New Projects

Saints and Liars

Martha Sharp, Brown University Libraries
Laura Margolis, American Jewish Joint Distribution Committee

Saints and Liars (to be published by WW Norton) is about Americans – Quakers, Unitarians, secular people, Jews – who traveled abroad to aid and, step by step, engaged in rescuing people targeted by Nazi Germany and other racist states. Who were these intrepid souls who, unlike so many of their fellow citizens, perceived possibilities for productive action where others saw none? Their history illuminates the factors that trigger engagement and lays bare how rescue activities unfolded on the ground.

Women figured prominently in these initiatives.  Philanthropy and service have long been women’s work.  But this philanthropy and this service offered unimagined avenues for independent action.  The women relished the independence, the freedom from social norms, their overseas assignments offered. And their experiences changed them. They emerge as both agents on behalf of others and subjects who were shaped by what they saw, did, and endured. Their work was transformative: transformative for those they managed to help, and for them, too.

If Saints and Liars pays particular attention to gender, it also follows the webs of social relations that bound people together and spurred action. Social historians have traditionally focused on the role of social class, occupation, religion, race, age, and gender. But they have shied away from the unpredictable: the importance of timing; luck; chance. And they have only just begun to tackle the messiness of human relations. Yet, often human relationships and subjective emotions shaped what happened on the ground. Drilling down on the role of the irrational, Saints and Liars challenges the carapace of rationality that we impose upon the past, even as we know that it does not apply in our own time.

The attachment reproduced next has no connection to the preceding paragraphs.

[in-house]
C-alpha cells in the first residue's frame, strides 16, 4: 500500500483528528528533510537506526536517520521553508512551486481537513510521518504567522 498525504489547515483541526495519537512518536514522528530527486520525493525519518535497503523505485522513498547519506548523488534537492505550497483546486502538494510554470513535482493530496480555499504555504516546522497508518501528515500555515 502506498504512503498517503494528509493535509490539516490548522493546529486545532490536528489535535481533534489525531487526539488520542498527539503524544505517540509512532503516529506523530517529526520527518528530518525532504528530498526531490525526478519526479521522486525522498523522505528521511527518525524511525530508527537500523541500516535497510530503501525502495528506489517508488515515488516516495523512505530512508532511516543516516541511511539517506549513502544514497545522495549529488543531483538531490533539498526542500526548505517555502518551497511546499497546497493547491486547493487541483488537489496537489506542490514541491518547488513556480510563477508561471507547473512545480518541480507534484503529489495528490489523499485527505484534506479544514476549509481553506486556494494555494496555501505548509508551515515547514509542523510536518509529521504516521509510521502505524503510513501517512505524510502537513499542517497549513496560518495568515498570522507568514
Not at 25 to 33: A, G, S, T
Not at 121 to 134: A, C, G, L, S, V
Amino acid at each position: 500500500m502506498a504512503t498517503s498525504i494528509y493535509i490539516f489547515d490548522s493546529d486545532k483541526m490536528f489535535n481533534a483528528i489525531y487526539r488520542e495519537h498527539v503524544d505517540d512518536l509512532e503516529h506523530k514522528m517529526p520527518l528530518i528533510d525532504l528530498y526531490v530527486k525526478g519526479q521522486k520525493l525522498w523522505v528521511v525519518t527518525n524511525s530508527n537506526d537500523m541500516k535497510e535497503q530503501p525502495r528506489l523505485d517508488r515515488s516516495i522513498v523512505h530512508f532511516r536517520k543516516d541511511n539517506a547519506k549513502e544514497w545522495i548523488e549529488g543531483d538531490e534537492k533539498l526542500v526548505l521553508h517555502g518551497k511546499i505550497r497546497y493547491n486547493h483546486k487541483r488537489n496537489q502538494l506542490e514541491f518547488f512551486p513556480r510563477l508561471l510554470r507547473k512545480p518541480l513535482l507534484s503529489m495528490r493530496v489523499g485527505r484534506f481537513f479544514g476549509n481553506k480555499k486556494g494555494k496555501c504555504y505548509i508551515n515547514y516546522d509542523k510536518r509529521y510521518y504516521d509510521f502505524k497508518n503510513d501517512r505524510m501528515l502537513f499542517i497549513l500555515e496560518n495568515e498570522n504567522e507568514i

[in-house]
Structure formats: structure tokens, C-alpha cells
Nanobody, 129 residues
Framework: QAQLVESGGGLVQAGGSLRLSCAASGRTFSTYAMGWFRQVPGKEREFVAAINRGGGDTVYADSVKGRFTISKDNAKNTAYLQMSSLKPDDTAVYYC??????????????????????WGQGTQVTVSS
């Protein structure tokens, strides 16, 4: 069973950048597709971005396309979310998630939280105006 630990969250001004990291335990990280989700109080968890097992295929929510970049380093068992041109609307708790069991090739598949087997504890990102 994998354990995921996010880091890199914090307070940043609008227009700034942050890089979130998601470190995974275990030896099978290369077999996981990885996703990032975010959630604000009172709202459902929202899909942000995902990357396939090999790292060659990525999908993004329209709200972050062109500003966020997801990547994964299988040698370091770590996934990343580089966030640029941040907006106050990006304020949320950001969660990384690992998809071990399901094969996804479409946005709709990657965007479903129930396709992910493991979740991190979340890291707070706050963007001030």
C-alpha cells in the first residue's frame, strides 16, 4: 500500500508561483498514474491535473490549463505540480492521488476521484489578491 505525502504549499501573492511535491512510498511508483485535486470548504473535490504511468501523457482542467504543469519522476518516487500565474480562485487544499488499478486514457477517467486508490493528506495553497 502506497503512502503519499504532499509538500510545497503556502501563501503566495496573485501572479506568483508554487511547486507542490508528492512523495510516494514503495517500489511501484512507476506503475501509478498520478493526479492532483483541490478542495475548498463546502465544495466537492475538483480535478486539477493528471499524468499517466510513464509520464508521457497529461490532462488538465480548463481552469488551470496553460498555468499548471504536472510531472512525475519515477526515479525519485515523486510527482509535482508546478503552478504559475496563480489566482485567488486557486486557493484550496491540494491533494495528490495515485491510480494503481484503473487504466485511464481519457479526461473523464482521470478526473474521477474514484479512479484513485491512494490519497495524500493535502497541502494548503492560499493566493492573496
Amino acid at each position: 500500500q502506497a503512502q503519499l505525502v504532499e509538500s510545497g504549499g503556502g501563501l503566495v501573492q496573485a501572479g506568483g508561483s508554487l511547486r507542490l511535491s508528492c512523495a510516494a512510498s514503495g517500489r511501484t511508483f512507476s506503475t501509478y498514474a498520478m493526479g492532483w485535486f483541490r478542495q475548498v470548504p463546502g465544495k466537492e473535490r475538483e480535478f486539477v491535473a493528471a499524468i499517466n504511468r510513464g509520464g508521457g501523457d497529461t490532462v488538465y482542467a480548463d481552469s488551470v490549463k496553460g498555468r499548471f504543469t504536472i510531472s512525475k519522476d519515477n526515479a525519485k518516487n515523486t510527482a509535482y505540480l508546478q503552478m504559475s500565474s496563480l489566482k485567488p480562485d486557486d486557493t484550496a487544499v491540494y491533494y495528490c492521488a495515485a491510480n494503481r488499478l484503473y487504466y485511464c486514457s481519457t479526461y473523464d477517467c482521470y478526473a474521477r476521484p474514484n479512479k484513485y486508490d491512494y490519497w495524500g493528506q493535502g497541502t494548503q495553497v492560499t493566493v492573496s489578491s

Dear Tante Elizabeth – Letters

Dear Tante Elisabeth: An Extraordinary, Ordinary Christian during the Holocaust draws upon a cache of over 1,000 letters written by Jewish parents to their children and from the children to their parents.  Sent through Elisabeth Luz, a middle-aged, middle-class Christian woman in Stäfa, Switzerland, these letters tell much about daily life, and elucidate the complexities of communication, denial, and silence during and after the Nazi years.